Cultural Transmission, Discrimination and Peer Effects
AbstractWorkers can have good or bad work habits. These traits are transmitted from one generation to the next through a learning and imitation process which depends on parents’ investment on the trait and the social environment where children live. We show that, if a high enough proportion of employers have taste-based prejudices against minority workers, their prejudices are always self-fulfilled in steady state. Affirmative Action improves the welfare of minorities whereas integration is beneficial to minority workers but detrimental to workers from the majority group. If Affirmative Action quotas are high enough or integration is strong enough, employers’ negative stereotypes cannot be sustained in steady-state.
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Bibliographic InfoPaper provided by Stockholm University, Department of Economics in its series Research Papers in Economics with number 2011:3.
Length: 30 pages
Date of creation: 24 Jan 2011
Date of revision:
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Ghetto culture; overlapping generations; rational expectations; multiple equilibria; peer effects;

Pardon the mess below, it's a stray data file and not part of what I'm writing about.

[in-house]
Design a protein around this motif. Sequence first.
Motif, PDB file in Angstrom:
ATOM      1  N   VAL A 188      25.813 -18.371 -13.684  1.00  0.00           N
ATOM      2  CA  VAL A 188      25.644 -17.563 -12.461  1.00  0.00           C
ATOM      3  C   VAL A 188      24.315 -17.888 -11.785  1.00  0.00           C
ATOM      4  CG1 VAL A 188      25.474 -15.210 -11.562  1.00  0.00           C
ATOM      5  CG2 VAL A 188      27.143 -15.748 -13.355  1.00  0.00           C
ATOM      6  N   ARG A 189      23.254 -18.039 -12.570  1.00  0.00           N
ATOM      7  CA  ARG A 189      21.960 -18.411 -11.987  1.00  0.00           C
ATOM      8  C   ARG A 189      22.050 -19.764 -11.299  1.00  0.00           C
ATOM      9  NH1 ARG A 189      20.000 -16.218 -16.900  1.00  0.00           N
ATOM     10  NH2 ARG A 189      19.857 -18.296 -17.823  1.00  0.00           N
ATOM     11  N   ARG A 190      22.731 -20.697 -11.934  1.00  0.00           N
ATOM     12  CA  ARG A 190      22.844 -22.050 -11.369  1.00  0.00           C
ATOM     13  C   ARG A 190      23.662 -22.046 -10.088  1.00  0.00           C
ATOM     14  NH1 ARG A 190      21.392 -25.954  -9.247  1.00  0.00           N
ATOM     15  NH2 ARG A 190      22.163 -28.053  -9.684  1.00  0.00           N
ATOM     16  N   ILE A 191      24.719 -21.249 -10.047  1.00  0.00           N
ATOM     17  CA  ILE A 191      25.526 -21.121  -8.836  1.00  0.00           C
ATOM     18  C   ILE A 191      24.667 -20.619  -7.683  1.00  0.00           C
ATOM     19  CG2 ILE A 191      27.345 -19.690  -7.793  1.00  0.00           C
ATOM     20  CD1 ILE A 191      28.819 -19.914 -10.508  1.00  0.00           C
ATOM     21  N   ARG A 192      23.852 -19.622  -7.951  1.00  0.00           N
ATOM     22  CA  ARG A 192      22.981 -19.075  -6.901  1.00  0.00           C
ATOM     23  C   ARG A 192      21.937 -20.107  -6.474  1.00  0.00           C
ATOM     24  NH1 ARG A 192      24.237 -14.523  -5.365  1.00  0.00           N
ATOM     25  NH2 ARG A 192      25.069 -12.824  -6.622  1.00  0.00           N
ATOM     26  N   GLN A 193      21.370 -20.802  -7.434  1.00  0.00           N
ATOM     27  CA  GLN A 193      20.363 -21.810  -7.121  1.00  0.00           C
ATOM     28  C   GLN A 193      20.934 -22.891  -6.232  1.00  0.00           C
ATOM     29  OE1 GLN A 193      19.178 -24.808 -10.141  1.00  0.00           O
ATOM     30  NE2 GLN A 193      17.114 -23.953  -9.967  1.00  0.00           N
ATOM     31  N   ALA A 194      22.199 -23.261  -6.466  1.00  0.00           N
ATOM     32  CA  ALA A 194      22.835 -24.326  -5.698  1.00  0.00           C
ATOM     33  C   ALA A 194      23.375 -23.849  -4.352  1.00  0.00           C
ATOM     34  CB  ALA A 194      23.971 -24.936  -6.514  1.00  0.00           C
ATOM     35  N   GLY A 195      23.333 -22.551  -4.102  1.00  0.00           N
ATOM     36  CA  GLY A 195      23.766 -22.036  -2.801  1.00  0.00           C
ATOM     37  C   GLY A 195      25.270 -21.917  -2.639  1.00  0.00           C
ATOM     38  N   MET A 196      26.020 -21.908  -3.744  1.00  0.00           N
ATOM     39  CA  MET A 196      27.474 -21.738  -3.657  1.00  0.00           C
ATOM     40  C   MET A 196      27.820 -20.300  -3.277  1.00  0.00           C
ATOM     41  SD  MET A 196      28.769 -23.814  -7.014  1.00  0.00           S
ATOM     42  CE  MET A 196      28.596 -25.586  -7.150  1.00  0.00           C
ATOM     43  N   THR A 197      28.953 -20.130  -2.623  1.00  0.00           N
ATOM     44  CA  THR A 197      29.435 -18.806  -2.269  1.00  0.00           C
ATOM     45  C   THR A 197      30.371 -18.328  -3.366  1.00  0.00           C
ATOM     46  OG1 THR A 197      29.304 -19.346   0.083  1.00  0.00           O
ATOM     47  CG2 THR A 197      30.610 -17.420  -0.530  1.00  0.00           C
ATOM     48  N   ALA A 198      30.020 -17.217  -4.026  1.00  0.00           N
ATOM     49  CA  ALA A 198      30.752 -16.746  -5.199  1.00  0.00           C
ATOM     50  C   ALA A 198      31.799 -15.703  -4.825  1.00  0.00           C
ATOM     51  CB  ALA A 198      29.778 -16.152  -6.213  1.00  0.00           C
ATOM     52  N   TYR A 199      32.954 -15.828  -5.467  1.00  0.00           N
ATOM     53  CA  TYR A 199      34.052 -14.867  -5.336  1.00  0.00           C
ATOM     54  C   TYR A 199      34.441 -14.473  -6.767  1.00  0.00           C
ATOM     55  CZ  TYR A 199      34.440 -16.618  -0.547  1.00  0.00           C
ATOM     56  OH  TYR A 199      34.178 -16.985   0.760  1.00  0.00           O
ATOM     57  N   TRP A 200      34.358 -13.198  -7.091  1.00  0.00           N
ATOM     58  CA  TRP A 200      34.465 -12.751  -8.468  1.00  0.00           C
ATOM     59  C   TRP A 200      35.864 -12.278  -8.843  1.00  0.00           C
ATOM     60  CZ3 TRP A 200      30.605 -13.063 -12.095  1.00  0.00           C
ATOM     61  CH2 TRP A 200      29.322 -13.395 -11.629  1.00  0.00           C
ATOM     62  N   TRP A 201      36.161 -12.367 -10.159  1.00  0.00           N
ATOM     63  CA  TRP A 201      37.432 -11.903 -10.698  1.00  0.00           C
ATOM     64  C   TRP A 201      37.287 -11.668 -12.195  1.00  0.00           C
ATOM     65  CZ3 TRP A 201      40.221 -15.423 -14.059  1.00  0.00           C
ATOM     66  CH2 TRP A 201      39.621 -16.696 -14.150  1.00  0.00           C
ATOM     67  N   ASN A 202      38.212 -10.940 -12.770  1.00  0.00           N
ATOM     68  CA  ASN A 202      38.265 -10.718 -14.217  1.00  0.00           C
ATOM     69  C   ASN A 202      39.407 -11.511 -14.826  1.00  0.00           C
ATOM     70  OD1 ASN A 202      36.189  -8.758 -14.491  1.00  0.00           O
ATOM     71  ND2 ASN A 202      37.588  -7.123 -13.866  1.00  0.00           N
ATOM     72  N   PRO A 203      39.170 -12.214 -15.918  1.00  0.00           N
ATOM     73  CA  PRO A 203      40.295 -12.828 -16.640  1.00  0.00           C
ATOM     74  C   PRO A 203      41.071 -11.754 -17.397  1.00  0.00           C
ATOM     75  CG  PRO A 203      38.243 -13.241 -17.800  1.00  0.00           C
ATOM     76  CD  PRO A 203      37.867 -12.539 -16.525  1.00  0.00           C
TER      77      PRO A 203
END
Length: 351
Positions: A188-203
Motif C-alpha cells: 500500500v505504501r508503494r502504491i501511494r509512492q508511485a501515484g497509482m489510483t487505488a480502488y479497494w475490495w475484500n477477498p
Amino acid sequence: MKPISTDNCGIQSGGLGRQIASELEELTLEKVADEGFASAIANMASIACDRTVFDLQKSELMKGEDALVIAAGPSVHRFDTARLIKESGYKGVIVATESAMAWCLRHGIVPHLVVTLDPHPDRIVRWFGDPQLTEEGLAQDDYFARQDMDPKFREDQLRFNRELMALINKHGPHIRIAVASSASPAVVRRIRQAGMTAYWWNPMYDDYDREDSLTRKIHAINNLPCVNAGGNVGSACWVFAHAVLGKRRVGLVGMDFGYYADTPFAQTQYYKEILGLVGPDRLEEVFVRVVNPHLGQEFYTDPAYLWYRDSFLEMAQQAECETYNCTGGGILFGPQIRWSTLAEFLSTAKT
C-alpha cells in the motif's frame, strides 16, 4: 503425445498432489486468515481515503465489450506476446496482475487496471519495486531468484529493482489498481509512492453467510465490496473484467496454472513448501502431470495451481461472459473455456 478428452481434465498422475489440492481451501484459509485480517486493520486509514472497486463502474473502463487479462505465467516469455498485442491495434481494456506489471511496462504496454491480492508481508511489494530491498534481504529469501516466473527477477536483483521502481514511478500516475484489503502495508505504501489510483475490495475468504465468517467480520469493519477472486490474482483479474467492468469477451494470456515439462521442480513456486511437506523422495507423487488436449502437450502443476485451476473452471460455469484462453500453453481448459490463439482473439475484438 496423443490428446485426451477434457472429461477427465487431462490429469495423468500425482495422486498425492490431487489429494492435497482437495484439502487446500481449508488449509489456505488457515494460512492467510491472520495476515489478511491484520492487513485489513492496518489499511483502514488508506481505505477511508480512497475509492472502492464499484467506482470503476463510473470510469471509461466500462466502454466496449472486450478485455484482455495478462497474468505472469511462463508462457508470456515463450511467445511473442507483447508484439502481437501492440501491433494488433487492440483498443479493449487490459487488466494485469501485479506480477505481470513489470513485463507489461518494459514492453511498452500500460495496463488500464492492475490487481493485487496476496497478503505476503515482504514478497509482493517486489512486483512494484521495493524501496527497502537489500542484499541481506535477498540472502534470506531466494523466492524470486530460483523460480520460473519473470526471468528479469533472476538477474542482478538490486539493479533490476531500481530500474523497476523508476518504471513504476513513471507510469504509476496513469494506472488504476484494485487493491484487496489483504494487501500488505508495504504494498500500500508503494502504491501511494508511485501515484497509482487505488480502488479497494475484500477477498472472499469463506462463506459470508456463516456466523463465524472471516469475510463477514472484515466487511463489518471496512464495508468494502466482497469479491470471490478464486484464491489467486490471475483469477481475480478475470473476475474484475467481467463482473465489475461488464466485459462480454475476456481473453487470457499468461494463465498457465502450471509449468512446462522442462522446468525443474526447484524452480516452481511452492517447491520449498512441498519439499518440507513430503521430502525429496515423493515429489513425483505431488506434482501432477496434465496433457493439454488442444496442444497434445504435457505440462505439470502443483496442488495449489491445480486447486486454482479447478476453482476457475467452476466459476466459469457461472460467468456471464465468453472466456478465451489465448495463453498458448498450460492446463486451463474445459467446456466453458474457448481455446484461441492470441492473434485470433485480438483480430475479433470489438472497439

Find related papers by JEL classification:
- J15 - Labor and Demographic Economics - - Demographic Economics - - - Economics of Minorities, Races, Indigenous Peoples, and Immigrants; Non-labor Discrimination
- J71 - Labor and Demographic Economics - - Labor Discrimination - - - Hiring and Firing
This paper has been announced in the following NEP Reports:
- NEP-ALL-2011-01-30 (All new papers)
- NEP-DGE-2011-01-30 (Dynamic General Equilibrium)
- NEP-EVO-2011-01-30 (Evolutionary Economics)
- NEP-LAB-2011-01-30 (Labour Economics)
- NEP-MIG-2011-01-30 (Economics of Human Migration)
- NEP-SOC-2011-01-30 (Social Norms & Social Capital)
- NEP-URE-2011-01-30 (Urban & Real Estate Economics)
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NBER Working Papers
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